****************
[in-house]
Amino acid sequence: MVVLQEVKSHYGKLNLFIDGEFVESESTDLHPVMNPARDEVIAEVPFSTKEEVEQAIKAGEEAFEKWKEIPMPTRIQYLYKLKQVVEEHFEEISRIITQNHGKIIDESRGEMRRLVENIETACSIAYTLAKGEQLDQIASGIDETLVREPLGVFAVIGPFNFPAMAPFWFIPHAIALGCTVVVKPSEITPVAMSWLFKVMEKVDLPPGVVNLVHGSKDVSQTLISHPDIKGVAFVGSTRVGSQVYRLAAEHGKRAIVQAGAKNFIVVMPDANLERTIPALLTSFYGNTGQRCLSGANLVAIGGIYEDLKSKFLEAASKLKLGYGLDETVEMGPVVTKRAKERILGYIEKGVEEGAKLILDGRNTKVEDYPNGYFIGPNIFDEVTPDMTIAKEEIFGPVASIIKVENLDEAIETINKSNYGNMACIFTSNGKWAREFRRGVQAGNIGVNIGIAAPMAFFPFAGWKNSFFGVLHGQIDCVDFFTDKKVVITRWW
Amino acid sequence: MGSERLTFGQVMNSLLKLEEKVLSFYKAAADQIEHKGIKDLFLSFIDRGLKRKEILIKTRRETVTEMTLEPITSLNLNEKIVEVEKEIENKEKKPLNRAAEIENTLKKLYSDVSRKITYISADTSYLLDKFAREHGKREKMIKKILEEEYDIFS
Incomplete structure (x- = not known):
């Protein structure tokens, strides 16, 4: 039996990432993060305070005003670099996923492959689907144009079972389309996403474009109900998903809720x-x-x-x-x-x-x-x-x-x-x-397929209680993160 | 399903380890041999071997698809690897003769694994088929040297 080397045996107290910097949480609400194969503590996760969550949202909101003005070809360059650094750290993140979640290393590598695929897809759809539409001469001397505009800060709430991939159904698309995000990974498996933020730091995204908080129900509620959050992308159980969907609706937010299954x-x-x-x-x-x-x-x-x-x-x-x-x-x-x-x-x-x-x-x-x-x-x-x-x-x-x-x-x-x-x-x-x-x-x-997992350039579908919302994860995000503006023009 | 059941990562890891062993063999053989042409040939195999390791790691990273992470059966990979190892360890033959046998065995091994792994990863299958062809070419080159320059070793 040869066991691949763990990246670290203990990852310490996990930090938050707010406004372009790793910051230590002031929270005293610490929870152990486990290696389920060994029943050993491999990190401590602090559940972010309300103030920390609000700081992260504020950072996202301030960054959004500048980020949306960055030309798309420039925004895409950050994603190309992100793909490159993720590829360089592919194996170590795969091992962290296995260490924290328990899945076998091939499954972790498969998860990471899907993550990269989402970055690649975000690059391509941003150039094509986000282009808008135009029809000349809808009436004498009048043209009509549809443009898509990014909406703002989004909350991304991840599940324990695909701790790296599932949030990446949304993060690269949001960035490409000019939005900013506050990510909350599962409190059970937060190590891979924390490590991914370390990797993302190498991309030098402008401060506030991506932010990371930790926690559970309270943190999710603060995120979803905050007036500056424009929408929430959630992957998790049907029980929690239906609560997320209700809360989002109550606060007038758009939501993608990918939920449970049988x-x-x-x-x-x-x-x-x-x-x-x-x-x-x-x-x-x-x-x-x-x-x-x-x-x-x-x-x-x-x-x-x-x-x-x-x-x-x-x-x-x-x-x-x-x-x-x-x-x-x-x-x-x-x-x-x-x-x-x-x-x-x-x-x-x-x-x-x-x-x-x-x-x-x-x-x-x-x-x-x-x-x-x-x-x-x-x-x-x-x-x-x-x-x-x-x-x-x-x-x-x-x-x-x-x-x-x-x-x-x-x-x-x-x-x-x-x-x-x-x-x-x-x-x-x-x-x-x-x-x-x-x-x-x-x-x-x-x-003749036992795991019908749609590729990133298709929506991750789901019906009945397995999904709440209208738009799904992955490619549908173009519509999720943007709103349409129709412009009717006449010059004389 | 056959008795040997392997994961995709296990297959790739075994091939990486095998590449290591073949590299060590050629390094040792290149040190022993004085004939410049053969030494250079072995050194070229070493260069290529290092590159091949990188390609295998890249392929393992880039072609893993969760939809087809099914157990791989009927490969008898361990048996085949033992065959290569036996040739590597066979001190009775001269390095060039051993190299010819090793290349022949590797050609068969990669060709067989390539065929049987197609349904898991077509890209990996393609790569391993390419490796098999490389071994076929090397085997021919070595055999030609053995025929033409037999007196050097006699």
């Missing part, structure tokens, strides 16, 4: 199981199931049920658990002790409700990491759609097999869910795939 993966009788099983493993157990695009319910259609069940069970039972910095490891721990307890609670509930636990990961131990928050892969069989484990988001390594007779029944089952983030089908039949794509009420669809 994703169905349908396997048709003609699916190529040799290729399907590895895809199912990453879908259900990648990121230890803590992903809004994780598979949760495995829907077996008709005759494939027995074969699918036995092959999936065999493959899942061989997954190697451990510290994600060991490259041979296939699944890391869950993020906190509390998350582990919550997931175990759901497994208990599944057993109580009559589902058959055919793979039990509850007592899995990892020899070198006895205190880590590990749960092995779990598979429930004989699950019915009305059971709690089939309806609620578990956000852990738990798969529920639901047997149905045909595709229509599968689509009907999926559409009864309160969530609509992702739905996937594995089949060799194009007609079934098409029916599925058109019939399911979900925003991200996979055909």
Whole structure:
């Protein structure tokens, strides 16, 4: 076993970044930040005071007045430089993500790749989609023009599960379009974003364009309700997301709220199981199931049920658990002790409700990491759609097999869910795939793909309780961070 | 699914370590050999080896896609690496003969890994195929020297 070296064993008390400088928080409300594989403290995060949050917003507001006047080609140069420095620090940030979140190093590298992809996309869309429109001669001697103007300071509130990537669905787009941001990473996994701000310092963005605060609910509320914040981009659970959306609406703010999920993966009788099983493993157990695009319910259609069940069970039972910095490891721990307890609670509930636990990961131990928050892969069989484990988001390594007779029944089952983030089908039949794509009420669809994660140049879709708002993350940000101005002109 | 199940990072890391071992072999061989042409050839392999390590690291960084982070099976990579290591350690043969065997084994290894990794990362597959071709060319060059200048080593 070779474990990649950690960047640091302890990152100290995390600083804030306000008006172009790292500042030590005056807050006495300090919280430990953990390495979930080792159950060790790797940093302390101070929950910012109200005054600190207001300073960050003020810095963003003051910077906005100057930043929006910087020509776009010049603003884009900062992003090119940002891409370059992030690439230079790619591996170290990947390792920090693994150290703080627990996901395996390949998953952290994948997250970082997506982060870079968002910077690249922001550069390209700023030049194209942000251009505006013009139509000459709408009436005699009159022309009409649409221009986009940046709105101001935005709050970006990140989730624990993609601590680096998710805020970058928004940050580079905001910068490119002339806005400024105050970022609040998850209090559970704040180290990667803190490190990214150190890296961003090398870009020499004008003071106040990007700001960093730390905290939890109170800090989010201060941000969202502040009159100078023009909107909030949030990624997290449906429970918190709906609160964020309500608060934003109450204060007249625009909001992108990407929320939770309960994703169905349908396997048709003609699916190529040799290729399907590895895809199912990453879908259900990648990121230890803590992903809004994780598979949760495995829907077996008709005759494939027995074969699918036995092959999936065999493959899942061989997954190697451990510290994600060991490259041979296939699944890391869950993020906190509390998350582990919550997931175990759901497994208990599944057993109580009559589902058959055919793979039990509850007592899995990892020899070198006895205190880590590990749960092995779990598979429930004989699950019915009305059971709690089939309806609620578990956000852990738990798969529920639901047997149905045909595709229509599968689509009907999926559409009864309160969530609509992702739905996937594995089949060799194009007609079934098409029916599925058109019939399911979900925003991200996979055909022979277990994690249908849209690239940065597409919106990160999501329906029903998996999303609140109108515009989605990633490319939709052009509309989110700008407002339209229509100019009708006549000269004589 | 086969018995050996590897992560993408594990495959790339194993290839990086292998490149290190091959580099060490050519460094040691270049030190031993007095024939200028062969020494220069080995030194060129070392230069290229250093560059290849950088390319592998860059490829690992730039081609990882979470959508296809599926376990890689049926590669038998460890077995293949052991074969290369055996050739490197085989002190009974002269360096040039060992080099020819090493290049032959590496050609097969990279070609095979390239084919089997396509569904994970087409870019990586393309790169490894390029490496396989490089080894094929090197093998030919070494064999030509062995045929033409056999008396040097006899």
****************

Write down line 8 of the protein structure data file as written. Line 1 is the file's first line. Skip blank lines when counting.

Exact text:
């Protein structure tokens, strides 16, 4: 076993970044930040005071007045430089993500790749989609023009599960379009974003364009309700997301709220199981199931049920658990002790409700990491759609097999869910795939793909309780961070 | 699914370590050999080896896609690496003969890994195929020297 070296064993008390400088928080409300594989403290995060949050917003507001006047080609140069420095620090940030979140190093590298992809996309869309429109001669001697103007300071509130990537669905787009941001990473996994701000310092963005605060609910509320914040981009659970959306609406703010999920993966009788099983493993157990695009319910259609069940069970039972910095490891721990307890609670509930636990990961131990928050892969069989484990988001390594007779029944089952983030089908039949794509009420669809994660140049879709708002993350940000101005002109 | 199940990072890391071992072999061989042409050839392999390590690291960084982070099976990579290591350690043969065997084994290894990794990362597959071709060319060059200048080593 070779474990990649950690960047640091302890990152100290995390600083804030306000008006172009790292500042030590005056807050006495300090919280430990953990390495979930080792159950060790790797940093302390101070929950910012109200005054600190207001300073960050003020810095963003003051910077906005100057930043929006910087020509776009010049603003884009900062992003090119940002891409370059992030690439230079790619591996170290990947390792920090693994150290703080627990996901395996390949998953952290994948997250970082997506982060870079968002910077690249922001550069390209700023030049194209942000251009505006013009139509000459709408009436005699009159022309009409649409221009986009940046709105101001935005709050970006990140989730624990993609601590680096998710805020970058928004940050580079905001910068490119002339806005400024105050970022609040998850209090559970704040180290990667803190490190990214150190890296961003090398870009020499004008003071106040990007700001960093730390905290939890109170800090989010201060941000969202502040009159100078023009909107909030949030990624997290449906429970918190709906609160964020309500608060934003109450204060007249625009909001992108990407929320939770309960994703169905349908396997048709003609699916190529040799290729399907590895895809199912990453879908259900990648990121230890803590992903809004994780598979949760495995829907077996008709005759494939027995074969699918036995092959999936065999493959899942061989997954190697451990510290994600060991490259041979296939699944890391869950993020906190509390998350582990919550997931175990759901497994208990599944057993109580009559589902058959055919793979039990509850007592899995990892020899070198006895205190880590590990749960092995779990598979429930004989699950019915009305059971709690089939309806609620578990956000852990738990798969529920639901047997149905045909595709229509599968689509009907999926559409009864309160969530609509992702739905996937594995089949060799194009007609079934098409029916599925058109019939399911979900925003991200996979055909022979277990994690249908849209690239940065597409919106990160999501329906029903998996999303609140109108515009989605990633490319939709052009509309989110700008407002339209229509100019009708006549000269004589 | 086969018995050996590897992560993408594990495959790339194993290839990086292998490149290190091959580099060490050519460094040691270049030190031993007095024939200028062969020494220069080995030194060129070392230069290229250093560059290849950088390319592998860059490829690992730039081609990882979470959508296809599926376990890689049926590669038998460890077995293949052991074969290369055996050739490197085989002190009974002269360096040039060992080099020819090493290049032959590496050609097969990279070609095979390239084919089997396509569904994970087409870019990586393309790169490894390029490496396989490089080894094929090197093998030919070494064999030509062995045929033409056999008396040097006899």